Tuesday, July 21, 2009

Birthday of a Cat

You may not know the name Yusuf Islam, but you may be familiar with the name Cat Stevens.

They are one and the same. And he has answered to several names in his life.

On this day in 1948, Steven Demetre Georgiou was born in London. His father was a Greek–Cypriot. His mother was Swedish. They ran a restaurant near Piccadilly Circus in London.

When he embarked on a musical career as a solo artist, he took the name Cat Stevens because "I couldn't imagine anyone going to the record store and asking for 'that Steven Demetre Georgiou album.' " So he made his first name his last name and added an "s." He settled on "Cat" as his first name because "in England, and I was sure in America, they loved animals."

I suppose that conclusion is open to debate. Not everyone loves animals. And some people may like cats but they are allergic to them. Nevertheless, the record–buying public seemed to love Cat Stevens. In the 1970s, he had several hit albums and hit singles. I think it would be difficult to find anyone over the age of 40 who never heard even one of his songs — and there were many that were played frequently on the radio.

I remember the first time I was exposed to the name of Cat Stevens. I was visiting the home of one of my friends in the early 1970s, and his parents had an extensive cassette collection displayed in racks in the living room. Next to cassettes of albums by Simon and Garfunkel and other popular artists of the day I saw cassettes of "Tea for the Tillerman," "Teaser and the Firecat" and "Foreigner," three of his most popular albums.

The name intrigued me, and I wanted to hear his music. Then, after I sought out his music and heard it, I realized I had heard it before without knowing the name of the performer.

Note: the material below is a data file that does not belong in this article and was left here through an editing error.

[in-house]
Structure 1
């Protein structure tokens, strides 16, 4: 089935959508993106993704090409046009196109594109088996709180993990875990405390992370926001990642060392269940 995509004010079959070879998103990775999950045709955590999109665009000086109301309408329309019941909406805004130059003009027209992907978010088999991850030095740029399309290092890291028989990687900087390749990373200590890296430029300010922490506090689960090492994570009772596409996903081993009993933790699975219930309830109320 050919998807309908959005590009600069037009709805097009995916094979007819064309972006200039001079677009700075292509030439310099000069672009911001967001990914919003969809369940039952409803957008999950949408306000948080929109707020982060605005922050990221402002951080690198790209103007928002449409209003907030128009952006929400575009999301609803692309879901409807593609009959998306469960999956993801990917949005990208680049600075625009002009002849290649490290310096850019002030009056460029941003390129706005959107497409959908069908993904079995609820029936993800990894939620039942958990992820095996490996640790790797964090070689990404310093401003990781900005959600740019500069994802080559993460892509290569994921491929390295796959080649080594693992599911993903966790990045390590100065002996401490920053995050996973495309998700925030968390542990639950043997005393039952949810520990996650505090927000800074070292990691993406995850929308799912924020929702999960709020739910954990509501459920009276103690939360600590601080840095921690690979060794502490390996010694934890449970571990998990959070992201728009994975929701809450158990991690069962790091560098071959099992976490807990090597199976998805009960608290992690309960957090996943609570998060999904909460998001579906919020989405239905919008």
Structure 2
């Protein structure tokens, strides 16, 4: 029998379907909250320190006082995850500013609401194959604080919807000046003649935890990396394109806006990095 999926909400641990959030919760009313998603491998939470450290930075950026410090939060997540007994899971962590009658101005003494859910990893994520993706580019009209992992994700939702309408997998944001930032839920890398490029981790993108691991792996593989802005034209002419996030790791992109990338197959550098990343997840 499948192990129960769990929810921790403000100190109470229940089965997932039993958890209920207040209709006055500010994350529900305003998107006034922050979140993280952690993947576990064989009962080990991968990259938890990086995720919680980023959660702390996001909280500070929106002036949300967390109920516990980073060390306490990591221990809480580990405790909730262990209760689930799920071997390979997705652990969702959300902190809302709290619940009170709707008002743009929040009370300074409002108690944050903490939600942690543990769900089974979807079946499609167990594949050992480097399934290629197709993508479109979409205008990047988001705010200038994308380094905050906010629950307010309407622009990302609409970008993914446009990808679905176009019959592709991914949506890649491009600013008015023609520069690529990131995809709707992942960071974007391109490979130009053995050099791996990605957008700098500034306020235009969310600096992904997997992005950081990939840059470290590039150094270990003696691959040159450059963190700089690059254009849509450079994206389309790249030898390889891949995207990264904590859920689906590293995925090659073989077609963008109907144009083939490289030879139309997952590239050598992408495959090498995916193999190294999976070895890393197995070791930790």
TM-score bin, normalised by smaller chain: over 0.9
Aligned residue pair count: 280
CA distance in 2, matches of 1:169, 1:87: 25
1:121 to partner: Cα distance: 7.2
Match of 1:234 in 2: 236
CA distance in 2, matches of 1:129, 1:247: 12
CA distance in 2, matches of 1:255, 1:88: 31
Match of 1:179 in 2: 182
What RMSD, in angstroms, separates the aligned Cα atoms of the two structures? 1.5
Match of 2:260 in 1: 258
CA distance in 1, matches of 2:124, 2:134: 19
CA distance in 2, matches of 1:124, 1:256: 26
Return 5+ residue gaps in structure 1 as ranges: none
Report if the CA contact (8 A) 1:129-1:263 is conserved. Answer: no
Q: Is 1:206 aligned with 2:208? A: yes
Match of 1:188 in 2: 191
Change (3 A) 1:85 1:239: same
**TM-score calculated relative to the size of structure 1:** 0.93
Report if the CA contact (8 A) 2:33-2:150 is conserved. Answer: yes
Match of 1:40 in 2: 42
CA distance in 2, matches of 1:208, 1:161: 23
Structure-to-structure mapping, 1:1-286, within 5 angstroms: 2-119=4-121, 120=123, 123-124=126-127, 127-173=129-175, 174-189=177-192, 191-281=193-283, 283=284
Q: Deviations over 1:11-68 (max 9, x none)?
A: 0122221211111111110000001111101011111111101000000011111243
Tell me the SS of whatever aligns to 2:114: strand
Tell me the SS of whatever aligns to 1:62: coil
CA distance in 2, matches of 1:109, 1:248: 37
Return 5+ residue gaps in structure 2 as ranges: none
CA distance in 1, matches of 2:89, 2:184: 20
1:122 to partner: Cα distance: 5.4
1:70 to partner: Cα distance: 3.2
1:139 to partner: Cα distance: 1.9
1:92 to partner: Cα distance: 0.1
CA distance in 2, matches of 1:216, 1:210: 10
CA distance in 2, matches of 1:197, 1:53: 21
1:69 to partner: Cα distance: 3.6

It was in the late 1970s that he converted to Islam, married and mostly gave up his career as a composer and a performer. But his recordings continued to sell. In fact, it was estimated a couple of years ago that his earnings are about $1.5 million annually, even though it has been more than 30 years since he released a record under the name Cat Stevens.

He took the name Yusuf because it is Arabic for Joseph. He said he felt drawn to the Old Testament story of Joseph, a man who had been bought and sold, because his experience in the music business made him feel like he was bought and sold.

He remained out of the spotlight in the 1980s and into the 1990s, devoting himself to educational pursuits, but he gradually returned to music. In 2001, following the terrorist attacks on New York and Washington, he expressed his "heartfelt horror" and sang "Peace Train" for the Concert for New York City that October. It was the first time he had performed that song in public in more than two decades.

Three years later, when he was flying to the United States to meet with Dolly Parton, he was denied entry into the country and sent back to the United Kingdom because the CAPPS system flagged him as a security risk. Parton had recorded "Peace Train" nearly 10 years earlier and was planning to record another of his songs. That, apparently, was the reason he was traveling to America.

As is often the case with artists, he turned the experience into a composition — a song called "Boots and Sand." He recorded it last year with Parton, Paul McCartney, Alison Krauss and Terry Sylvester. The song is an iTunes bonus track on his recently released album, "Roadsinger."

It seems ridiculous that anyone could ever have thought that Cat Stevens, a pacifist and philanthropist, was any kind of security risk or represented a threat of any kind. But that is symptomatic of the post–9/11 world in which we live. Especially if one is a Muslim.

Well, happy 61st birthday, Cat. Er, Yusuf.